Addressing Our Hyper-Political Climate

    In the previous post (found here), we concluded that hyper-politicization is to be expected, because everything is political. As Jonathan Leeman wrote, “Every position a person might adopt in the political sphere relies upon a certain conception of human beings, their rights and their obligations towards one another, creation and God” (Political Church). If Leeman is right, we should embrace a broader view of politics: “[Politics] is a universal and pervasive aspect of human behavior and may be found wherever two or more human beings are engaged in some collective activity, whether formal or informal, public or private” (Adrian Leftwich, What is Politics). The real problem, therefore, is not hyper-politicization, since everything is political. Rather, the root of our society’s perceived tension is the existing disunity at the religious, moral, and subsequently political levels.

Is there a realistic solution to this genuine problem of disunity? The Christian must propose a threefold answer:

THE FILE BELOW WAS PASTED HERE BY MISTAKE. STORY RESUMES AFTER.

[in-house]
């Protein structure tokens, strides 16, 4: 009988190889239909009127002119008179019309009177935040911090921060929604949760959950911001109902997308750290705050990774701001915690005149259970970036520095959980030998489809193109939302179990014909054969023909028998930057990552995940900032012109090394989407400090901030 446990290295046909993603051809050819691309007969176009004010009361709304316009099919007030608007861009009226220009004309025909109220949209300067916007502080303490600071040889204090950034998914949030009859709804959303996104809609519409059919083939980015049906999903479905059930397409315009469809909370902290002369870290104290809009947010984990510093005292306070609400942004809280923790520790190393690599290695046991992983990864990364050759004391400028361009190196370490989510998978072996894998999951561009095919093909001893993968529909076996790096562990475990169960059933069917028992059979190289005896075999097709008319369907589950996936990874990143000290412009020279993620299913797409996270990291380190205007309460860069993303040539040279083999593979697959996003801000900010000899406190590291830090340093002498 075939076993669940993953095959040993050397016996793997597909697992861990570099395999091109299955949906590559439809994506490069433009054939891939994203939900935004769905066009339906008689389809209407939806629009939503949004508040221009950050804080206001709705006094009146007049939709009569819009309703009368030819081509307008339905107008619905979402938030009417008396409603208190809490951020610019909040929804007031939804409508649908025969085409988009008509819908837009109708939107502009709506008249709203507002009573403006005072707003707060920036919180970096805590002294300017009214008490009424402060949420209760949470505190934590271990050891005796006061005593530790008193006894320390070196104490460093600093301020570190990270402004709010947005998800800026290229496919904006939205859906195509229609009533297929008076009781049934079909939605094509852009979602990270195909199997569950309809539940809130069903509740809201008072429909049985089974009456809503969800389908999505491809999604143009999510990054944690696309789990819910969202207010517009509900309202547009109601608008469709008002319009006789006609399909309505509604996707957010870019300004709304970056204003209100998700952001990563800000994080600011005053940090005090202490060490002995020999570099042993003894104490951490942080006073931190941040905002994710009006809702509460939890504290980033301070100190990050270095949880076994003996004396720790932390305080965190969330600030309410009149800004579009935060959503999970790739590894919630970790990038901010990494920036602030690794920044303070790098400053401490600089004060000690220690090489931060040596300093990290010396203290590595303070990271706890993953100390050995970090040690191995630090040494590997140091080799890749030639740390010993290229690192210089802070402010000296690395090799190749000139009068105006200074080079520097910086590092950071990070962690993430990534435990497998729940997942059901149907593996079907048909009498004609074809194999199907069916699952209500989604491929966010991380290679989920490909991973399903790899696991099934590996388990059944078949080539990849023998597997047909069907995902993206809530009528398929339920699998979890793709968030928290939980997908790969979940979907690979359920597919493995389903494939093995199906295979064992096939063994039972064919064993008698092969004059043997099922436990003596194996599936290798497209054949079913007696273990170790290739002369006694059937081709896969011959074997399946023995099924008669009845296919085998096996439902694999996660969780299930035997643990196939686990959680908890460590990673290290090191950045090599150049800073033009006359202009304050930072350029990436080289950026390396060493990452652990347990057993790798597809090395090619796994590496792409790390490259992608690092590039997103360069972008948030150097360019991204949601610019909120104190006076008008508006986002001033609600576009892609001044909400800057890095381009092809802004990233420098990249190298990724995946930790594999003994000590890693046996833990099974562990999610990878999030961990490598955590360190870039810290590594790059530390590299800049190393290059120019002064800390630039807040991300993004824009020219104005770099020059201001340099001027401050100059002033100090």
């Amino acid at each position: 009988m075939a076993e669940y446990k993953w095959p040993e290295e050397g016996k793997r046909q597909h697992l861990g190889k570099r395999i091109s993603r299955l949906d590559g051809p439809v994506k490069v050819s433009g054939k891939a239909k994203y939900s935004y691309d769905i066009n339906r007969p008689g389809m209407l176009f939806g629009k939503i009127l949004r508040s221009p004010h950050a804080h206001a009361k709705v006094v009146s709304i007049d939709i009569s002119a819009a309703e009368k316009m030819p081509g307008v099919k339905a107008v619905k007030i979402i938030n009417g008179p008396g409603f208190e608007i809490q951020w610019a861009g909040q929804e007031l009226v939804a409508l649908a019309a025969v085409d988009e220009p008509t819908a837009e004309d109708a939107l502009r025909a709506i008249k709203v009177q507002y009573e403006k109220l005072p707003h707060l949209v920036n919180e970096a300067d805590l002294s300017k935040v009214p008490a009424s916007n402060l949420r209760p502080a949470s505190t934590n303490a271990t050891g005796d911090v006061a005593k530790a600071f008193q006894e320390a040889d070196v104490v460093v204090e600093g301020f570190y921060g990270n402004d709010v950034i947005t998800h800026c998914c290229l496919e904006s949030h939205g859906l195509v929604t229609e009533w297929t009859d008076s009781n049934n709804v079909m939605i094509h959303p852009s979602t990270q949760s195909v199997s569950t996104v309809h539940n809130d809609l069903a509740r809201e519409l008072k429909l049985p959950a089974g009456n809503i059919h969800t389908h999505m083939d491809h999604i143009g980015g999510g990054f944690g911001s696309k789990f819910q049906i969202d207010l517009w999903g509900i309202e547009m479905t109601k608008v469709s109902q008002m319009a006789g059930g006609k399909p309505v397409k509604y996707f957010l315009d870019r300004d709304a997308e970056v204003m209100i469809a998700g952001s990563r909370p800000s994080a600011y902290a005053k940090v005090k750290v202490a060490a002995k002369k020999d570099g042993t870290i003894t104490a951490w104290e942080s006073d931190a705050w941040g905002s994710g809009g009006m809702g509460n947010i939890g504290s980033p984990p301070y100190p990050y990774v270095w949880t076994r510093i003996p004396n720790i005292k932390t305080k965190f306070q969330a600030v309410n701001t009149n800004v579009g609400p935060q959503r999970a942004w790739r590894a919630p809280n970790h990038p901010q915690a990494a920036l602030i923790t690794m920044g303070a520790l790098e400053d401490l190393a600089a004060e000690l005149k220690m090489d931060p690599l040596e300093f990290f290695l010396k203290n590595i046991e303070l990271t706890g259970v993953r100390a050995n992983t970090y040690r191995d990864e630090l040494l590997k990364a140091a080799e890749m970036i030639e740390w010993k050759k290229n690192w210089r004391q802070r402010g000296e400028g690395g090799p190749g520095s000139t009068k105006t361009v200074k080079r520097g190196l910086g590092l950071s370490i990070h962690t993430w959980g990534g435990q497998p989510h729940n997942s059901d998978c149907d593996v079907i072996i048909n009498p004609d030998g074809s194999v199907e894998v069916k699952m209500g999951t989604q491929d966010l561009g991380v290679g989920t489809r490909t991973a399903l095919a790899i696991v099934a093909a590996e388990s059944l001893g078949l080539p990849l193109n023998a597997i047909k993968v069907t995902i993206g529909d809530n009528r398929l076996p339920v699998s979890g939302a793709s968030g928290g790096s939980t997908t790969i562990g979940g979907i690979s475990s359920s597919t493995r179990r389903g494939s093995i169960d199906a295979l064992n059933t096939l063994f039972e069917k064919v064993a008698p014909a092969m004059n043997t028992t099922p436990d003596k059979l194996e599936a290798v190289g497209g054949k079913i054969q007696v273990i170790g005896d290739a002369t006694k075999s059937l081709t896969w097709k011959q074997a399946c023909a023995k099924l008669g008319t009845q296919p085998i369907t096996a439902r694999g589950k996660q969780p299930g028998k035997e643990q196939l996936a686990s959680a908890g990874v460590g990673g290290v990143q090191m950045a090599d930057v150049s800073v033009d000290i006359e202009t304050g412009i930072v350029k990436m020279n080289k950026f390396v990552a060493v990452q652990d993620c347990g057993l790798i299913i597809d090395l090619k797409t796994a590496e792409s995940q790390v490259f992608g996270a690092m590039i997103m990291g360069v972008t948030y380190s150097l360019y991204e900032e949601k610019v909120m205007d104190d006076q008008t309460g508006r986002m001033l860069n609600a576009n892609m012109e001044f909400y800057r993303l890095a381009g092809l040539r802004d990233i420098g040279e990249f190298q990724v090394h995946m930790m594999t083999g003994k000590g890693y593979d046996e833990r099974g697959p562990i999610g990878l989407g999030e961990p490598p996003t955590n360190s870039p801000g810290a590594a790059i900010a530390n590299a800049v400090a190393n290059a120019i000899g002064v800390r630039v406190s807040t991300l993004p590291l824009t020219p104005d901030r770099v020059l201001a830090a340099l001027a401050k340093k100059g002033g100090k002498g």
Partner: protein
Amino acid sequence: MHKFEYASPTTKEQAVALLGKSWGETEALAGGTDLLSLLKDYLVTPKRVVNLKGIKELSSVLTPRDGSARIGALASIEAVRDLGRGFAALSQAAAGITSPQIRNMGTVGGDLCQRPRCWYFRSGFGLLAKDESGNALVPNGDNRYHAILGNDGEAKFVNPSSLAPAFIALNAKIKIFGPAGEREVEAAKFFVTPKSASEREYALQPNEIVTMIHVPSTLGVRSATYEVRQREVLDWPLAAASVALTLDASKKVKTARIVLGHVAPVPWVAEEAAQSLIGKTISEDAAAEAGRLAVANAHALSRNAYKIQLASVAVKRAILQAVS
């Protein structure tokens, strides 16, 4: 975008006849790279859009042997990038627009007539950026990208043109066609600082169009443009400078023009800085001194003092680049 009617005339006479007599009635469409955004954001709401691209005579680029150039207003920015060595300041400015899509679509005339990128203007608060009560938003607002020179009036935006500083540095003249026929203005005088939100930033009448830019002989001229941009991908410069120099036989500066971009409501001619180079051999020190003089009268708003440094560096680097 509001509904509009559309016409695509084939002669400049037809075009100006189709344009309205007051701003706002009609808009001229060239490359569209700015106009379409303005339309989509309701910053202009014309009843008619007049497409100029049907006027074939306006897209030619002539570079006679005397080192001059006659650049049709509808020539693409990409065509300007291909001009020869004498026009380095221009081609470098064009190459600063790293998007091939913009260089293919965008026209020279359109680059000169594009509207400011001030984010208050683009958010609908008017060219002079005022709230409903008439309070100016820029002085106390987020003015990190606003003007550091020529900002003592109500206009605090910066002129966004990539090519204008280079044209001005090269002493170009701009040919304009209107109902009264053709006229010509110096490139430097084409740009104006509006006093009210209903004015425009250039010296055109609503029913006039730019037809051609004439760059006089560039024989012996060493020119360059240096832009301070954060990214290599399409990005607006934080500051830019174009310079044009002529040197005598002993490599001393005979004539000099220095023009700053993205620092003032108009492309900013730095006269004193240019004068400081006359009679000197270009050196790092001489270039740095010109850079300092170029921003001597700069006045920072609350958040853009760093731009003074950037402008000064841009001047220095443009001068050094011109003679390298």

1. No 

2. But there will be 

3. And, to some degree, yes

    First, no there will not be an end to religious, moral and political differences at this point, before the return of Christ and the establishment of the new creation. Some Christians will cringe when they hear my usage of theological categories in a political conversation. The reason for their discomfort is rooted in those false, enlightenment-era distinctions between private and public, reason and faith, religious and political. Once you release yourself from those constructed categories, you are free to be a holistic thinker, rather than a compartmentalized and thus double-minded thinker. Christian, if your theological view of sin does not substantially affect your political views, you are not functionally worshipping God in every aspect of your life as you are called to do (1 Cor. 10:31). If you are not bringing your political thoughts captive to obey Christ (2 Cor. 10:5), then you are submitting yourself to some other lord. You may, then, want to ask the all important question: what other god am I worshipping?